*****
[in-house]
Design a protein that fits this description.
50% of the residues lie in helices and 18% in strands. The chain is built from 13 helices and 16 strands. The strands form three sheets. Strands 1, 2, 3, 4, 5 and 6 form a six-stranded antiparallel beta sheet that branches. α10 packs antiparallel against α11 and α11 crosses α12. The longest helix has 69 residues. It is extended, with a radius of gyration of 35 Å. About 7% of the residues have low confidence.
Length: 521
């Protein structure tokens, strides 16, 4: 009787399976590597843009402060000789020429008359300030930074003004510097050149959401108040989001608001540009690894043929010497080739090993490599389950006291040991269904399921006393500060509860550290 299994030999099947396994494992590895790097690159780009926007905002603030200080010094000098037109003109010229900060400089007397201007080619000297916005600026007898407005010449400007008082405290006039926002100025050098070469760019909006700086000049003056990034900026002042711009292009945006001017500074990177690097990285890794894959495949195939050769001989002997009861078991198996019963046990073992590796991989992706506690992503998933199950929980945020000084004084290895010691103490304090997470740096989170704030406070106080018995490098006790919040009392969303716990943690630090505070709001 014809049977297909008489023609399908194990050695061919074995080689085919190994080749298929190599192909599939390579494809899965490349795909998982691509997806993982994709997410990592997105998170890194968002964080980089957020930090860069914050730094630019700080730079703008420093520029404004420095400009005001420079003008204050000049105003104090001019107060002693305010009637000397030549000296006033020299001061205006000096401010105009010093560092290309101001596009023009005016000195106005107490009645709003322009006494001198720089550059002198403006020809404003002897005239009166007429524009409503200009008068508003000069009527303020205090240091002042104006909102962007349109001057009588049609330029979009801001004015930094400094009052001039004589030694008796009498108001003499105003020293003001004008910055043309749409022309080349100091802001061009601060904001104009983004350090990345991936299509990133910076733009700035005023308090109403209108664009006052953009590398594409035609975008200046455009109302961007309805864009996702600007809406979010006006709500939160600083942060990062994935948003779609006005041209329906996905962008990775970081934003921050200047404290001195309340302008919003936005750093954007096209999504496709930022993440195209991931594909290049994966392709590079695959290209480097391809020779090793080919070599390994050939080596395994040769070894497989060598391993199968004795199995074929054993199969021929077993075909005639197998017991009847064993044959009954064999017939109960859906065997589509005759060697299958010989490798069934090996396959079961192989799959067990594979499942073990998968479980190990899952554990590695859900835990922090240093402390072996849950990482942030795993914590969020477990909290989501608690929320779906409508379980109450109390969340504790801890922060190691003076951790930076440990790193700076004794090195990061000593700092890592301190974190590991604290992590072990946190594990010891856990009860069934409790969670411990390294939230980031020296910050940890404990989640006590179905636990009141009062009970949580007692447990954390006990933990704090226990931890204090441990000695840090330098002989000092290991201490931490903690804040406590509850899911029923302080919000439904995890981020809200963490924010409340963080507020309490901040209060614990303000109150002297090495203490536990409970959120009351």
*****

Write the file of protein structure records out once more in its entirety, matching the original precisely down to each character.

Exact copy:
[in-house]
Design a protein that fits this description.
50% of the residues lie in helices and 18% in strands. The chain is built from 13 helices and 16 strands. The strands form three sheets. Strands 1, 2, 3, 4, 5 and 6 form a six-stranded antiparallel beta sheet that branches. α10 packs antiparallel against α11 and α11 crosses α12. The longest helix has 69 residues. It is extended, with a radius of gyration of 35 Å. About 7% of the residues have low confidence.
Length: 521
């Protein structure tokens, strides 16, 4: 009787399976590597843009402060000789020429008359300030930074003004510097050149959401108040989001608001540009690894043929010497080739090993490599389950006291040991269904399921006393500060509860550290 299994030999099947396994494992590895790097690159780009926007905002603030200080010094000098037109003109010229900060400089007397201007080619000297916005600026007898407005010449400007008082405290006039926002100025050098070469760019909006700086000049003056990034900026002042711009292009945006001017500074990177690097990285890794894959495949195939050769001989002997009861078991198996019963046990073992590796991989992706506690992503998933199950929980945020000084004084290895010691103490304090997470740096989170704030406070106080018995490098006790919040009392969303716990943690630090505070709001 014809049977297909008489023609399908194990050695061919074995080689085919190994080749298929190599192909599939390579494809899965490349795909998982691509997806993982994709997410990592997105998170890194968002964080980089957020930090860069914050730094630019700080730079703008420093520029404004420095400009005001420079003008204050000049105003104090001019107060002693305010009637000397030549000296006033020299001061205006000096401010105009010093560092290309101001596009023009005016000195106005107490009645709003322009006494001198720089550059002198403006020809404003002897005239009166007429524009409503200009008068508003000069009527303020205090240091002042104006909102962007349109001057009588049609330029979009801001004015930094400094009052001039004589030694008796009498108001003499105003020293003001004008910055043309749409022309080349100091802001061009601060904001104009983004350090990345991936299509990133910076733009700035005023308090109403209108664009006052953009590398594409035609975008200046455009109302961007309805864009996702600007809406979010006006709500939160600083942060990062994935948003779609006005041209329906996905962008990775970081934003921050200047404290001195309340302008919003936005750093954007096209999504496709930022993440195209991931594909290049994966392709590079695959290209480097391809020779090793080919070599390994050939080596395994040769070894497989060598391993199968004795199995074929054993199969021929077993075909005639197998017991009847064993044959009954064999017939109960859906065997589509005759060697299958010989490798069934090996396959079961192989799959067990594979499942073990998968479980190990899952554990590695859900835990922090240093402390072996849950990482942030795993914590969020477990909290989501608690929320779906409508379980109450109390969340504790801890922060190691003076951790930076440990790193700076004794090195990061000593700092890592301190974190590991604290992590072990946190594990010891856990009860069934409790969670411990390294939230980031020296910050940890404990989640006590179905636990009141009062009970949580007692447990954390006990933990704090226990931890204090441990000695840090330098002989000092290991201490931490903690804040406590509850899911029923302080919000439904995890981020809200963490924010409340963080507020309490901040209060614990303000109150002297090495203490536990409970959120009351």